The Magazine

Church, State, and John Witherspoon

Scholar, cleric, philosopher of independence.

Nov 28, 2005, Vol. 11, No. 11 • By JAMES M. BANNER JR.
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Had you been alive in the 1770s and '80s, you wouldn't have had to ask that question. Witherspoon's name was in all the public prints and was associated with almost every great enterprise of those distinctive American years. He was, as John Adams termed all who risked their lives, honor, and fortunes in the 18th-century struggle for American liberties, an Argonaut. Witherspoon was aboard the Good Ship American Argosy as it sailed the uncharted and troubled political seas of independence, and he earned the almost universal admiration of his American contemporaries for the way he did so. Jeffrey Morrison's fine intellectual biography of the man--and the first extended study of Witherspoon's political thought ever written--shows us why.

When Scots-born Witherspoon accepted the presidency of the College of New Jersey, now Princeton University, in 1768, he was already a figure of renown throughout the Anglo-American world. Celebrated as a Presbyterian cleric and moral philosopher (a kind of all-points thinker about history, science, ethics, faith, and life), he was a member of the intellectual circles of the Scottish Enlightenment in Edinburgh and Glasgow. As such, he became a noted proponent of the Scottish Common Sense philosophy, which challenged the idealistic thinking of the British divine Bishop George Berkeley and the great American theologian Jonathan Edwards, and instead offered more modern, Lockean and Newtonian, empirical, and pragmatic ways of thinking and believing.

Arriving at the college in New Jersey, Witherspoon soon cleansed it of its philosophical idealism and set in motion a broad civic and moral education of hundreds of young men who passed through Nassau Hall for the next 25 years. No student of Witherspoon's was to become more celebrated than James Madison, who stayed at Princeton after his graduation to study Hebrew with the Presbyterian parson and who always credited Witherspoon with profound influence upon him. But tens of others whose names would become associated with the revolutionary war and nation-building--think only of Aaron Burr--were Princeton's sons under Witherspoon, and he later affected the thinking even of the redoubtable Hamilton.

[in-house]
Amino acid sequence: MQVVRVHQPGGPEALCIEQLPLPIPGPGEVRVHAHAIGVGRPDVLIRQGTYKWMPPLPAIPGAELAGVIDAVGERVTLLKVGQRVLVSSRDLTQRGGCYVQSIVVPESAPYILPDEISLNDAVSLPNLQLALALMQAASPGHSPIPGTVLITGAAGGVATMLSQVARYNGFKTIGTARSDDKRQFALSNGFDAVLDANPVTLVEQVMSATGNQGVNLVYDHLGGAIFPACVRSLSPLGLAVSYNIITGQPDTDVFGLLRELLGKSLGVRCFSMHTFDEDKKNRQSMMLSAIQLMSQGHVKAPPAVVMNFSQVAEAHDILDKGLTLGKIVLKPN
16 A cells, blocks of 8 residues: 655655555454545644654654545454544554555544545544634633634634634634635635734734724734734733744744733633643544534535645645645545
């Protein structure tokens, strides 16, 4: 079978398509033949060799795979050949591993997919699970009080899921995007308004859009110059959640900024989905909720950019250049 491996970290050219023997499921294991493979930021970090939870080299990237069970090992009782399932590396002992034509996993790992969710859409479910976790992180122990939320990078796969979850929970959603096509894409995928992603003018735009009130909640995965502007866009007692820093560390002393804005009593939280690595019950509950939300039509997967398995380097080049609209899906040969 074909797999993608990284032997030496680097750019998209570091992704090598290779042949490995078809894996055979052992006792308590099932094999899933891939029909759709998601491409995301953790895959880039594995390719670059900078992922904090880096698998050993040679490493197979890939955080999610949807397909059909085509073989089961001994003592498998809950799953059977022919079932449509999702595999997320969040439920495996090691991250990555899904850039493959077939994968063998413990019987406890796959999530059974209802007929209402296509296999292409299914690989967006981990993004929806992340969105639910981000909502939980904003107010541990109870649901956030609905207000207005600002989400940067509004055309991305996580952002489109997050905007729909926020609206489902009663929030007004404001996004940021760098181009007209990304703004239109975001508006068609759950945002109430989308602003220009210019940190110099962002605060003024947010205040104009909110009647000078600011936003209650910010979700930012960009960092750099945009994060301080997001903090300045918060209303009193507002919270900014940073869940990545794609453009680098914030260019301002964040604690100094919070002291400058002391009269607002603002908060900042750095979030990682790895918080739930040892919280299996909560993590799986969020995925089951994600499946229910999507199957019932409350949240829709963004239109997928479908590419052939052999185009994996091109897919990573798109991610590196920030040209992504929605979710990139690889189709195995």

While turning Princeton into the center of Scottish learning in the colonies, Witherspoon also made it the most national of the late colonial and early national colleges. (In fact, it appears that he coined the term "Americanism.") Princeton matriculated students from Massachusetts to Georgia, and if one didn't fall directly under the president's influence (hard to avoid, since he taught the college's capstone course in moral philosophy), one surely breathed in the nationalizing, civic, faith-filled air of the place. That so many of its late 18th-century graduates joined and steered the nation's new course is testament to Witherspoon's permeating spirit.

Other clerics and college presidents were content to cheer the troops of independence or preach about politics from the sidelines. Not Witherspoon. He was scarcely off the ship before he launched into active involvement in the nascent American cause. It's not clear from Morrison's account whether Witherspoon's involvement, earlier than that of most native-born colonists, was due to a Scot's suspicion of English influence in the United Kingdom, the long tradition of Protestant resistance to overweening power, a Presbyterian's discontent with the Anglican state, a proto-republican's frustration with monarchy, or simply unerring political whiskers that trembled to every political breeze. Probably all of these.

Whatever the case, it's hard to see how Witherspoon managed to run a college so well and teach a course of such influence in the midst of his unceasing and ardent patriotic actions. He served in New Jersey's colonial legislature and, later, the state assembly, in the Continental and Confederation congresses, and in the New Jersey convention that ratified the Constitution. He signed the Declaration of Independence (the sole pastor and college president to do so) and the Articles of Confederation.

Why not the Constitution, too? Because at the very time so many of his friends and associates were gathered in secret conclave elsewhere in Philadelphia, he was in that city to write the constitution of the Presbyterian Church that boldly altered some provisions of the 1647 Westminster Confession of Faith. Otherwise, no doubt, he would also have been a Framer alongside his former student Madison. It's difficult to find another figure of the day whose thumbprints are to be found on so

many large and enduring endeavors.